Maxwell cited the Romney campaign's recent advertising blitz accusing Obama of gutting the welfare work requirement, a charge that's been debunked by fact-checkers, as well as Romney's boo-inciting speech before the NAACP and surrogate John Sununu's call for Obama to be more "American" as examples.
"When you are 'other-izing' the first black president and saying he's not one of us, you're talking to a very specific segment of your base," she says. "But the danger is independents don't like that. So he's walking a fine line. He's always walking a fine line--the primary was a perfect example of that."
Lorenzo Morris, a political science professor at Howard University, says the emerging undertone of racism--contributed by both sides--will be a net loss for Republicans.
"I don't think it's good politics," he says. "In the long run, if race continues to emerge as an issue, then I think it will be negative for the Republicans because they will be seen as a significant player in that."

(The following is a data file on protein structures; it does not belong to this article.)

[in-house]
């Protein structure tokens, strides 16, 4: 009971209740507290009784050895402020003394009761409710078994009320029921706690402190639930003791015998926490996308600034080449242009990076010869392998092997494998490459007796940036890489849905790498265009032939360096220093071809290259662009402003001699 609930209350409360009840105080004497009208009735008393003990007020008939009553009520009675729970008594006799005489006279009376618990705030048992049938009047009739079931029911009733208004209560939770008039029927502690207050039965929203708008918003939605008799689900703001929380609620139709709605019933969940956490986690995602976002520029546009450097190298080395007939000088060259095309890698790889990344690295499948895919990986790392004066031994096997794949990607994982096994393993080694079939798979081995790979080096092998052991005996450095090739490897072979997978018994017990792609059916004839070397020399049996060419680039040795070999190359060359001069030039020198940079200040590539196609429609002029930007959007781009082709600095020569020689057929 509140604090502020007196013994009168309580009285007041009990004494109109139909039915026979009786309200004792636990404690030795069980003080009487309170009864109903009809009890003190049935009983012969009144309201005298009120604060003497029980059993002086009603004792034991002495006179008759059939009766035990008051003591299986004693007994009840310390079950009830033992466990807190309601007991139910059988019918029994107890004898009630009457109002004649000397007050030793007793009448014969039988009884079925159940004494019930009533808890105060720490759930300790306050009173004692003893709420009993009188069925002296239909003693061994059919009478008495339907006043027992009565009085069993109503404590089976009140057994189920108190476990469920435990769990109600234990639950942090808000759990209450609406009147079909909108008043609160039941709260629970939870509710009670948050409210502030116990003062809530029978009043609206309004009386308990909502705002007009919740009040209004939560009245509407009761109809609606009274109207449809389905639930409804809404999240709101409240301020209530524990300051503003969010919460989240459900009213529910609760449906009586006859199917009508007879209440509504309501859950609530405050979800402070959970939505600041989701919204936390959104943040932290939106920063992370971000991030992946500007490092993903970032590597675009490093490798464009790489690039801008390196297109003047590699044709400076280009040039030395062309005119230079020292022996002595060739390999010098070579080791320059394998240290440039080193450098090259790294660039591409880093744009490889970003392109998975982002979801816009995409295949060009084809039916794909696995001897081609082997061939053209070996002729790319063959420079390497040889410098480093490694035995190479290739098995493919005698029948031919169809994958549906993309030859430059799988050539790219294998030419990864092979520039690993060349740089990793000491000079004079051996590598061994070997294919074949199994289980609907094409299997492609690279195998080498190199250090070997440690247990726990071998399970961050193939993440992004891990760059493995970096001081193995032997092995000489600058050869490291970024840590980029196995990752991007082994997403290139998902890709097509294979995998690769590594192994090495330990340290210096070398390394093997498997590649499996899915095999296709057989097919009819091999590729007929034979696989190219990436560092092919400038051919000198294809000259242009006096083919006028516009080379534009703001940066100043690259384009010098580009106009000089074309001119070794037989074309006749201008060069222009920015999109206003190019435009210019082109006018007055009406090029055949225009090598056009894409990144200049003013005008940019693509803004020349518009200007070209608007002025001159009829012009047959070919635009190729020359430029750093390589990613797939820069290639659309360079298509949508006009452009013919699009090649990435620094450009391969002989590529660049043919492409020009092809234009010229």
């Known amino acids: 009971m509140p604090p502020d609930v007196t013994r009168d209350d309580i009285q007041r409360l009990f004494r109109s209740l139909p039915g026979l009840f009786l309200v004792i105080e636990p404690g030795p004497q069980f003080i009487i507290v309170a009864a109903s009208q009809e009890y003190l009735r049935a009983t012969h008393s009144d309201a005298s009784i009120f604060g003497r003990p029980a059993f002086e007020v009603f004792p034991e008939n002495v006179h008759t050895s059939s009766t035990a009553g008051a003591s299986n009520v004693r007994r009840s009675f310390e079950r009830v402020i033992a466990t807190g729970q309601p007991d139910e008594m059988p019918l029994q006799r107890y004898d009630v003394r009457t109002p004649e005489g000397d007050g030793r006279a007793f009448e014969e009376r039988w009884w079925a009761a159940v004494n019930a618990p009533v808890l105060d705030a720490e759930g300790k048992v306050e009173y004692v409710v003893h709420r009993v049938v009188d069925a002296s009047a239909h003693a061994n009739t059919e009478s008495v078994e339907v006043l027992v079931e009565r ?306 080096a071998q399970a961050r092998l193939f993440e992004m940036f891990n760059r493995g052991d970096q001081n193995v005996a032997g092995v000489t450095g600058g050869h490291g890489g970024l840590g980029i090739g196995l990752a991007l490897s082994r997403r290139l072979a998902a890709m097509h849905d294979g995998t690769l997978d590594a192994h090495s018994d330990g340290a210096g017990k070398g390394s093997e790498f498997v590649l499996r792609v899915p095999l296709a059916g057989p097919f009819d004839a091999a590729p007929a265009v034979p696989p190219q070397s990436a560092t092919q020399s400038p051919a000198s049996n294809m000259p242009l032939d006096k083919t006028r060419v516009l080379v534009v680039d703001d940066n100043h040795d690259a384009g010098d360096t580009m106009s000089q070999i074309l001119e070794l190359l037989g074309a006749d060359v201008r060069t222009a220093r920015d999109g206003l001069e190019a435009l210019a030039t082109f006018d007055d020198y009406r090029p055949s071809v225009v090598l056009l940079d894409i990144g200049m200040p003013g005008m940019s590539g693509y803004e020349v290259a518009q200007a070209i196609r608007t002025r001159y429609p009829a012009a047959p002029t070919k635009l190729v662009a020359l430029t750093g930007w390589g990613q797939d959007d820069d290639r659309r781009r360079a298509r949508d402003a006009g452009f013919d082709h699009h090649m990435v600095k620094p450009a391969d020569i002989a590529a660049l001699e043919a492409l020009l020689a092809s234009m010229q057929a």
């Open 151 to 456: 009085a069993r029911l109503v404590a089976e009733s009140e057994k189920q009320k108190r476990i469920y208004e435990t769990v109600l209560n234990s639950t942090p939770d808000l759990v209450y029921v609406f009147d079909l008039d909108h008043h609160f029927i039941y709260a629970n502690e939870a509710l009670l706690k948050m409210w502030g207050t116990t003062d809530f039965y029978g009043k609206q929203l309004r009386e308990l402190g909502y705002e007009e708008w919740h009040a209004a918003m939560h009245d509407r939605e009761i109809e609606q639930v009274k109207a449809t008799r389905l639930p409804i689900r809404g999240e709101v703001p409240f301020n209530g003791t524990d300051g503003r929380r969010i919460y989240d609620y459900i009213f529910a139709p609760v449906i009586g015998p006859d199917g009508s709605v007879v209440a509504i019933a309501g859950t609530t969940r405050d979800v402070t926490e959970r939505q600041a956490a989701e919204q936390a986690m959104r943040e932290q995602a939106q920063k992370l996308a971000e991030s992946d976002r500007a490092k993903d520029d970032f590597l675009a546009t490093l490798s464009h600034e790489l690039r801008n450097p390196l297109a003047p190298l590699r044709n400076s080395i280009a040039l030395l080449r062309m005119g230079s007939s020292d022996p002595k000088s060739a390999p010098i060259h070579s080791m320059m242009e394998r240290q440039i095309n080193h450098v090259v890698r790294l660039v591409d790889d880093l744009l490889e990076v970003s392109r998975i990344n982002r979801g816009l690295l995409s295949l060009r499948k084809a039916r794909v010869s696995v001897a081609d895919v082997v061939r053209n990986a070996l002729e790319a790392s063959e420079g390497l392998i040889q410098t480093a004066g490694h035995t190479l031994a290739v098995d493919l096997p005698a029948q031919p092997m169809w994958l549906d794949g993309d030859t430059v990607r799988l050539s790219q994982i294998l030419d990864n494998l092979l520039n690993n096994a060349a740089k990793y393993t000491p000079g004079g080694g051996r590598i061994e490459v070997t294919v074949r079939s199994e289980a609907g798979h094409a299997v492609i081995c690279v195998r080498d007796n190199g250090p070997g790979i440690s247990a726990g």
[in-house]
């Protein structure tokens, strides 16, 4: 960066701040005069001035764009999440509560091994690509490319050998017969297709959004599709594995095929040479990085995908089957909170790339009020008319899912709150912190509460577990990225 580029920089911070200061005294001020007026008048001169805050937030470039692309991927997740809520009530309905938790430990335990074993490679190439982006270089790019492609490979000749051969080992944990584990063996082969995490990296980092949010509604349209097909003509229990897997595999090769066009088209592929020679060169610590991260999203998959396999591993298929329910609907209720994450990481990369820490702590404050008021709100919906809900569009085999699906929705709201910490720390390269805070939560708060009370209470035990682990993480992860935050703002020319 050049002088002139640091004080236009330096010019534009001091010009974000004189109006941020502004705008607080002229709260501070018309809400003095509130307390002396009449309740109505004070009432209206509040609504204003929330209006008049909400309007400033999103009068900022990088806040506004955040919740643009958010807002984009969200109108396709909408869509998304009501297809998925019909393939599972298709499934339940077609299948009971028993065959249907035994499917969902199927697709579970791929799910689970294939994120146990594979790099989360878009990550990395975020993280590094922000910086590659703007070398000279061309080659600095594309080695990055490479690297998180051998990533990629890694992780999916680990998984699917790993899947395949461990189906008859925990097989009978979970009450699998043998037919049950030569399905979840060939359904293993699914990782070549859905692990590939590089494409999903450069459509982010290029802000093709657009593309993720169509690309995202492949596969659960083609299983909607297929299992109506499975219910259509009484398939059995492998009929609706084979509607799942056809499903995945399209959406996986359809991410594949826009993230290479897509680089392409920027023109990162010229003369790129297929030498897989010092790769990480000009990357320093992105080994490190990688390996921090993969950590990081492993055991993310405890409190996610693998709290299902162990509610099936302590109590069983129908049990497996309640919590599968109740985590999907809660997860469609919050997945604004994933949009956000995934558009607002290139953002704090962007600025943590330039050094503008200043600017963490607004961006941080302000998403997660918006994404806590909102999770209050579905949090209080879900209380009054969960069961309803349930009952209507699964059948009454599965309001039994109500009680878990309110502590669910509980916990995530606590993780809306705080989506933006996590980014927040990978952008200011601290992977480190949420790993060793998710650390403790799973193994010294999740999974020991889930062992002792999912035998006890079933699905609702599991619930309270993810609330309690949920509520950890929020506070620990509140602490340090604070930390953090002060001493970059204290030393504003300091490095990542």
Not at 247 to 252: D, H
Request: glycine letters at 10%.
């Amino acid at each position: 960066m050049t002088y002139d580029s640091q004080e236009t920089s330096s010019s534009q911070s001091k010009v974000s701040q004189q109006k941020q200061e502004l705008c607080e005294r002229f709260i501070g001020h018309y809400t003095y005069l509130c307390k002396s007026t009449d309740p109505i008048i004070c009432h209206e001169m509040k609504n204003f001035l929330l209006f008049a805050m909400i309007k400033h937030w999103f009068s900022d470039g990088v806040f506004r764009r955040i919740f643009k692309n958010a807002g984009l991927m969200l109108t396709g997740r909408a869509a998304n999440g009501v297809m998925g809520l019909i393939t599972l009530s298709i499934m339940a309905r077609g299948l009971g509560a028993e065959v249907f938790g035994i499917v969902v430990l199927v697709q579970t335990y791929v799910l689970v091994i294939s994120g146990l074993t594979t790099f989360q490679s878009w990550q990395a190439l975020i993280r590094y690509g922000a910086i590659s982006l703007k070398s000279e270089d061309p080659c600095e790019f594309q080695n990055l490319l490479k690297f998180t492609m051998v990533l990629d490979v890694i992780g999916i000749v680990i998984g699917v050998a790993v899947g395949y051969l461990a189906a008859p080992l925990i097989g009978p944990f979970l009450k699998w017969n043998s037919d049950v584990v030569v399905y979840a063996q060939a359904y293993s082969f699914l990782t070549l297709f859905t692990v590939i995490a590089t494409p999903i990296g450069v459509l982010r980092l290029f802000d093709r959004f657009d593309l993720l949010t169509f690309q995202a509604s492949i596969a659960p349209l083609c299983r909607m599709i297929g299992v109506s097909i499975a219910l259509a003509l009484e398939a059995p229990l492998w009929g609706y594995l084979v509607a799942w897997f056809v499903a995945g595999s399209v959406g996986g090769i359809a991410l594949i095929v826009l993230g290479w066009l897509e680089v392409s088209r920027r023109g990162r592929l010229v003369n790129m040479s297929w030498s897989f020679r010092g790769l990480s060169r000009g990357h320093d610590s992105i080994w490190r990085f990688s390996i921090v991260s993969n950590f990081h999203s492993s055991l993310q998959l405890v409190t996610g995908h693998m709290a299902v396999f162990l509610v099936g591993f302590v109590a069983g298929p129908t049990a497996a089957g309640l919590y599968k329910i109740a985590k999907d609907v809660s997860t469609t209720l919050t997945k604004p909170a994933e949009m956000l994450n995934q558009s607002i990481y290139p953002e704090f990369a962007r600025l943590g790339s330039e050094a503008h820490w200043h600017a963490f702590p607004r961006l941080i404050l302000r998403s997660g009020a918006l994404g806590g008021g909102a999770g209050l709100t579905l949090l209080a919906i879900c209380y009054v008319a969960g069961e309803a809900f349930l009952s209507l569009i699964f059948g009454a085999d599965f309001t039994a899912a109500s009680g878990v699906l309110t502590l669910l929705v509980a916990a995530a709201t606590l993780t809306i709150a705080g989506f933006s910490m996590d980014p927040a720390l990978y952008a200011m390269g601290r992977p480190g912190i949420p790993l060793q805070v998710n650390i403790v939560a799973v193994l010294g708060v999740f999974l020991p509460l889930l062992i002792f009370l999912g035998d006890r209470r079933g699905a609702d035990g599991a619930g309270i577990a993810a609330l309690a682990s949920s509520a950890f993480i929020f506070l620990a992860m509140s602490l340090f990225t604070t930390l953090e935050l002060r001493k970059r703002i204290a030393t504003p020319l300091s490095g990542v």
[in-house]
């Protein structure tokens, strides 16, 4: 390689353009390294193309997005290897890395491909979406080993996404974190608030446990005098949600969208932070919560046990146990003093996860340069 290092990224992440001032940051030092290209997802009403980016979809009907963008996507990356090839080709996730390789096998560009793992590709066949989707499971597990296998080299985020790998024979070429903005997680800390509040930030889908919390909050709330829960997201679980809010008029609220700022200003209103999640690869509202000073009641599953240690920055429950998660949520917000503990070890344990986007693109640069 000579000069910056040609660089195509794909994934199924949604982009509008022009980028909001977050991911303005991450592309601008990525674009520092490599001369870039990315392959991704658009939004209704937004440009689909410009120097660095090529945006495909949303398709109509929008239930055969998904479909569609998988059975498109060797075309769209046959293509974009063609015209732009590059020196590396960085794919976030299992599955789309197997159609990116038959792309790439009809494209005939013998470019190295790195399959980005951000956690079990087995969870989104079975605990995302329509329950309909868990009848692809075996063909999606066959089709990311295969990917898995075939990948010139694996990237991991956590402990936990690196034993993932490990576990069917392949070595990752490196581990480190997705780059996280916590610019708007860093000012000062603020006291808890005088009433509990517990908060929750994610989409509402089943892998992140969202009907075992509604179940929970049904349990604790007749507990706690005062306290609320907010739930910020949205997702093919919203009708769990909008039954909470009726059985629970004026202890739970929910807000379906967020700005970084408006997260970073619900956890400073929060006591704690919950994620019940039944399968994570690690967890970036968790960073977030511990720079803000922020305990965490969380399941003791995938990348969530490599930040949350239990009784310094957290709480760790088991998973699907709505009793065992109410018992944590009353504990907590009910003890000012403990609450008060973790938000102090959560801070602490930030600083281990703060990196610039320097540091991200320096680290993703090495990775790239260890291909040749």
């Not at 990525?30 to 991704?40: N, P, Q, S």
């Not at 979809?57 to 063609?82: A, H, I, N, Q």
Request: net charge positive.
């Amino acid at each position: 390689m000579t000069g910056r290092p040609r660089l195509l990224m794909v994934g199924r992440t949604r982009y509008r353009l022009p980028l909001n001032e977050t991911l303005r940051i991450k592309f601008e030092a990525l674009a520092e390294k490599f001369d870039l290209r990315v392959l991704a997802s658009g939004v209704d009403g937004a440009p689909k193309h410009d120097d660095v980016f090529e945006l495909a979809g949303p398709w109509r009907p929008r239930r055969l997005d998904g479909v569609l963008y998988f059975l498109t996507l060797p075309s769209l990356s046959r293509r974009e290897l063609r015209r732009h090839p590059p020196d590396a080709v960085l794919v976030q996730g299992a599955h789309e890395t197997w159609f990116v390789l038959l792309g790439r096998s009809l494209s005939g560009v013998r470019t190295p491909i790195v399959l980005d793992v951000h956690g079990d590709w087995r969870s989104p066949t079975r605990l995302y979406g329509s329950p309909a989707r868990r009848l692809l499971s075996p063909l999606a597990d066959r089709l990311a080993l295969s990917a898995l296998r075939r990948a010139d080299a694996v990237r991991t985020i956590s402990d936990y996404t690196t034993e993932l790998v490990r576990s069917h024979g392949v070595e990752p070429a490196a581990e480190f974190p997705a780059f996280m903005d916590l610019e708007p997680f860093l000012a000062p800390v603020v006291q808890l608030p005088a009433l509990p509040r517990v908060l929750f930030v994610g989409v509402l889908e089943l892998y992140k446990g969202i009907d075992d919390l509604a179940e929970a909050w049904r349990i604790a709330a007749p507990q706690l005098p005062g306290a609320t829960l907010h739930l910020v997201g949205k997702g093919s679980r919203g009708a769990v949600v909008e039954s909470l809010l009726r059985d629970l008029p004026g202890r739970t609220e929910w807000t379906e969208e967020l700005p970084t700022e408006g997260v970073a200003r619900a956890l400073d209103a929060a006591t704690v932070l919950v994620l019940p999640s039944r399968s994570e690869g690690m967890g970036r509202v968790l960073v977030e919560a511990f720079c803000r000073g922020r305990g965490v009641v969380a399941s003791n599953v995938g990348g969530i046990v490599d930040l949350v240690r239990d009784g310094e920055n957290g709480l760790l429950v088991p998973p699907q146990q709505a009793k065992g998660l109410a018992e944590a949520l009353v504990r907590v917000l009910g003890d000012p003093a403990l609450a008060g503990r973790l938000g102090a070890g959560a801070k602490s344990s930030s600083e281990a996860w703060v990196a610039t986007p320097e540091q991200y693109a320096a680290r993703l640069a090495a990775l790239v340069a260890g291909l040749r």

Obama, the first African-American president elected in the United States, emerged victorious four years ago in a campaign marked by fervent questioning by some that he was even born in the country and therefore eligible for the presidency, as well as other racially charged criticism, although such accusations were generally quickly rebuffed by his opponent, John McCain.
Wilder, the first African-American governor elected in any state post-Reconstruction, says the tone of the race may just be a reflection of the divided electorate.
"There are some of us that had thought it would lessen after Barack Obama's election in 2008," he says. "And yet I can tell you here in Virginia, the animus, the feeling of almost direct opposition is obvious."
Rebekah Metzler is a political writer for U.S. News & World Report. You can contact her at email@example.com or follow her on Twitter.